I enjoyed following a conversation this week about the value of a philosophy degree in infosec. The conversation quickly descended into discussions about which philosopher would be more fun to have a beer with, which I didn't really follow (I still don't really know who Wittgenstein is, or whether I'd want a beer or not with him), but one of the things that the conversation reminded me of is that we have very poor interpretations of the real world.
We get confused when the real world doesn't follow the rules that we have made up in our head to explain the world, and it's this that causes people to disregard information that doesn't hold with their worldview.
Knowing that people think like this is incredibly important in cyber security or digital transformation, because despite all of the whizzy technology floating around, the core of both disciplines is about people. It's about knowing how people behave, what they want and guiding them to do it in the most secure, safe and efficient manner.
However, the devil is in the details, because the real world is far more complex than the nice models that we construct for ourselves, and people never actually behave like rational agents in reality. People will refuse to use digital services that might make things easier, cheaper and better for themselves our of sheer bloodymindedness or spite, and people will share their passwords even if they know they shouldn't.
Our biggest challenge as an industry is not just building good models of how to do this stuff right, but also coping with the complexity that we face when we try to implement those models, and understanding all of the edge cases that cannot possibly happen
After lunch, two people appeared at my desk. One was a familiar long face that seemed to avoid making direct eye contact. It was Jose and his fellow security guard. He cordially informed me that he was to escort me out of the building.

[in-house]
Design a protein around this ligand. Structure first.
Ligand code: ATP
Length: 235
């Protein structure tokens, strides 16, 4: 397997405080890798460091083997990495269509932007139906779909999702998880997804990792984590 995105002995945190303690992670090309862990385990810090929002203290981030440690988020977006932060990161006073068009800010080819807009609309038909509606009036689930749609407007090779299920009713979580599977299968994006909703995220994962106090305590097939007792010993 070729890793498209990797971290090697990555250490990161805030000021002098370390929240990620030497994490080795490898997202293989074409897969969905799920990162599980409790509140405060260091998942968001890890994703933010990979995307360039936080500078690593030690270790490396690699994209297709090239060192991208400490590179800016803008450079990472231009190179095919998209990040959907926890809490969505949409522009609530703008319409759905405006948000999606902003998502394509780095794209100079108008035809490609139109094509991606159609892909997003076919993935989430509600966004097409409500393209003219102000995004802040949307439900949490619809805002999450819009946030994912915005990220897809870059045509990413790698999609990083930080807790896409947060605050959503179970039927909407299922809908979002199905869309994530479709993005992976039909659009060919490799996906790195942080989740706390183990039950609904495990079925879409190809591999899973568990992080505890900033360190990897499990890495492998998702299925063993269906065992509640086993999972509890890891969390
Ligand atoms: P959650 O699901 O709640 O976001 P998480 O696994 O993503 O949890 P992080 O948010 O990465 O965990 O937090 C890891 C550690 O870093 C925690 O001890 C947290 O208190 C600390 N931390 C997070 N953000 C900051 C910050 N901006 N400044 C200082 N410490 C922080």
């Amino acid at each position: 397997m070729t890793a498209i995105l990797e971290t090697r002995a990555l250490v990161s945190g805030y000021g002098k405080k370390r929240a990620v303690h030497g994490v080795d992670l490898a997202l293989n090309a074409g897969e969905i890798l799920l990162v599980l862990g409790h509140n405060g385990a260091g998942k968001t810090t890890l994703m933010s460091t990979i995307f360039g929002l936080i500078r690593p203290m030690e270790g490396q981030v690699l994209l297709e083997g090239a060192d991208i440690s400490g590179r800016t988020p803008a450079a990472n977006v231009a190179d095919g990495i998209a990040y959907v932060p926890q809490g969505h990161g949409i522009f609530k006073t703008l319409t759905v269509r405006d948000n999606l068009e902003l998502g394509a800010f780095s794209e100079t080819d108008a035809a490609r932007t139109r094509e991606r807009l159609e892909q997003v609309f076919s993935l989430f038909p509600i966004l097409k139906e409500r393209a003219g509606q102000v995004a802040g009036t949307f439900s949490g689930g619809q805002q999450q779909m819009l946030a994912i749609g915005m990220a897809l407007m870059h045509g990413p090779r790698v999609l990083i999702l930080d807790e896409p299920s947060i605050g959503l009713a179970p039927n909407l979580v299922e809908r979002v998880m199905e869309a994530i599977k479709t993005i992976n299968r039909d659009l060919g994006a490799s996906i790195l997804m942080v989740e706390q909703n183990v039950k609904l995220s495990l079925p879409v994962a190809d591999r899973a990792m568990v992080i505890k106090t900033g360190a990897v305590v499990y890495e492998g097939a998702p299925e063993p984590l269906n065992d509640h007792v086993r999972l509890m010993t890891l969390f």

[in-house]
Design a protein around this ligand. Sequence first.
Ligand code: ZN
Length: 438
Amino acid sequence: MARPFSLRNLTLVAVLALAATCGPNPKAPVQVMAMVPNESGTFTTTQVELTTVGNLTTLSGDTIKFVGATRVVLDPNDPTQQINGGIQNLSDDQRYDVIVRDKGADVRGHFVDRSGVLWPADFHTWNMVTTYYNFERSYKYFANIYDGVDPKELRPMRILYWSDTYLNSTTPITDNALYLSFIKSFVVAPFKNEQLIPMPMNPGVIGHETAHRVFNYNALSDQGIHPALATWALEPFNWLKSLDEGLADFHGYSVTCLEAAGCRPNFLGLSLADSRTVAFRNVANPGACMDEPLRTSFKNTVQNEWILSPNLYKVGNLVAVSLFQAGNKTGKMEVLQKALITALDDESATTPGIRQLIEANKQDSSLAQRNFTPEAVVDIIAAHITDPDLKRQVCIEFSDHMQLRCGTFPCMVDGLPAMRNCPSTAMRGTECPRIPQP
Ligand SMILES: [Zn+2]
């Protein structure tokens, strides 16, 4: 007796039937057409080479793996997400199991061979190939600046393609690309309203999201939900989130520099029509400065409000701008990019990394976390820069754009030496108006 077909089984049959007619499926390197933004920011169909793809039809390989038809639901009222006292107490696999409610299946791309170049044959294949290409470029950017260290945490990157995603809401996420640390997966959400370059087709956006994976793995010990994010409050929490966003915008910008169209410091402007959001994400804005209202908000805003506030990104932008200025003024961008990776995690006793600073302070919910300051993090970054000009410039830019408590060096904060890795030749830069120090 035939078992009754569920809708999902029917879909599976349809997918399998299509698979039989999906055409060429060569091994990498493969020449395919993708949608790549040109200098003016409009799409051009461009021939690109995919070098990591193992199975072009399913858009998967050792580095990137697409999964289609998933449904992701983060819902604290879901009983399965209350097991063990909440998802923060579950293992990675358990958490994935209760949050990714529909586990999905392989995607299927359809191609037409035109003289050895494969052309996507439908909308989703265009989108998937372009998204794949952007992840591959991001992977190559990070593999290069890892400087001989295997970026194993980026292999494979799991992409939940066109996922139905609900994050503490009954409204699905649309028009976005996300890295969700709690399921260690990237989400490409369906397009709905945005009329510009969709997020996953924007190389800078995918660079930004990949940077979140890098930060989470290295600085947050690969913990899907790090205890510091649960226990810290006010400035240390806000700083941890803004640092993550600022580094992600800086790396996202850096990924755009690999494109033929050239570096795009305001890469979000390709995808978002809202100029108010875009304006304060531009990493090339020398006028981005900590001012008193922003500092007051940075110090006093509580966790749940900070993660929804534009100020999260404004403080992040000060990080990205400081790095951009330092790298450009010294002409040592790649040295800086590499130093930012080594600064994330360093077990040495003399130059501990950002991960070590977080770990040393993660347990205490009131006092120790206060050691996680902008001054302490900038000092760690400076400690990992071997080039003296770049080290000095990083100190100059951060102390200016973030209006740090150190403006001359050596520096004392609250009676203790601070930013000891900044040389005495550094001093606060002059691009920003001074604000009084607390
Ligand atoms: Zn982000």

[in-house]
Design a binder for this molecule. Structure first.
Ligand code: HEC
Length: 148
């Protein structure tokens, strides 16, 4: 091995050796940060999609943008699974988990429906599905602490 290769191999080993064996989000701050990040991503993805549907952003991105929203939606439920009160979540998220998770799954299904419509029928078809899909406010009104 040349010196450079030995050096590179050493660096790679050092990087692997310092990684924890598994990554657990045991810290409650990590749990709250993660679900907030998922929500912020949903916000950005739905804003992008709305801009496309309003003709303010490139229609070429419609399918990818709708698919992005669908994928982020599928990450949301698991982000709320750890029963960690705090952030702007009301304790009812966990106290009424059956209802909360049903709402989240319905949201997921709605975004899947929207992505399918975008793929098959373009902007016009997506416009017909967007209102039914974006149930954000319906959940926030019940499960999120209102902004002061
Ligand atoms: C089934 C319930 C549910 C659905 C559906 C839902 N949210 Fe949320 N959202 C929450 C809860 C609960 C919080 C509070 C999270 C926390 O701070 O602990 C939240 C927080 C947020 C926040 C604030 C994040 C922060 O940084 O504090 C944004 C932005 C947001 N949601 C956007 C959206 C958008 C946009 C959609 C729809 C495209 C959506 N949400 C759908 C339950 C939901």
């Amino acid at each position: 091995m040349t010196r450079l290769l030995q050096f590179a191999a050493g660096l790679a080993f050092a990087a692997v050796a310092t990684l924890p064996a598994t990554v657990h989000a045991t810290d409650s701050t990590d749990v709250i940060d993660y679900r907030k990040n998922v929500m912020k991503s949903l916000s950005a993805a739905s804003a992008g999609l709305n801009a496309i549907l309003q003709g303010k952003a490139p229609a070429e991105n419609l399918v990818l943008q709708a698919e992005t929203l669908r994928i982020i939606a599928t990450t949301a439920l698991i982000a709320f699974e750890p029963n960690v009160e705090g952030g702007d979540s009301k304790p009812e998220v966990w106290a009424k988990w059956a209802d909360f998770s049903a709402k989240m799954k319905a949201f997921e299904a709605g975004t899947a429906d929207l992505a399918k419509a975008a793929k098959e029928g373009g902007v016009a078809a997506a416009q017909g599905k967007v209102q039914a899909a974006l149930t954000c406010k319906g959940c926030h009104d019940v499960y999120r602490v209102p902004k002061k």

The director was furious. They had received a very threatening email to escort me out of the building and were just doing their job.
"Who the hell is sending those emails!?"
I was fired. There was nothing my manager could do about it. There was nothing the director could do about it. They stood powerless as I packed my stuff and left the building.
So, I love this story, well written and humorous. But it also tells me that someone somewhere actually loves a Joiners/Movers/Leavers process. The Leavers process is often a very poor weak point in most systems, especially around contractors. Find the right person leaving because their manager was fired and you'll find someone whose leaving forms and process was not done correctly.
In an hour-long procedure a veterinary surgeon implanted a microphone in the cat's ear canal, a small radio transmitter at the base of its skull and a thin wire into its fur. This would allow the cat to innocuously record and transmit sound from its surroundings. Due to problems with distraction, the cat's sense of hunger had to be addressed in another operation.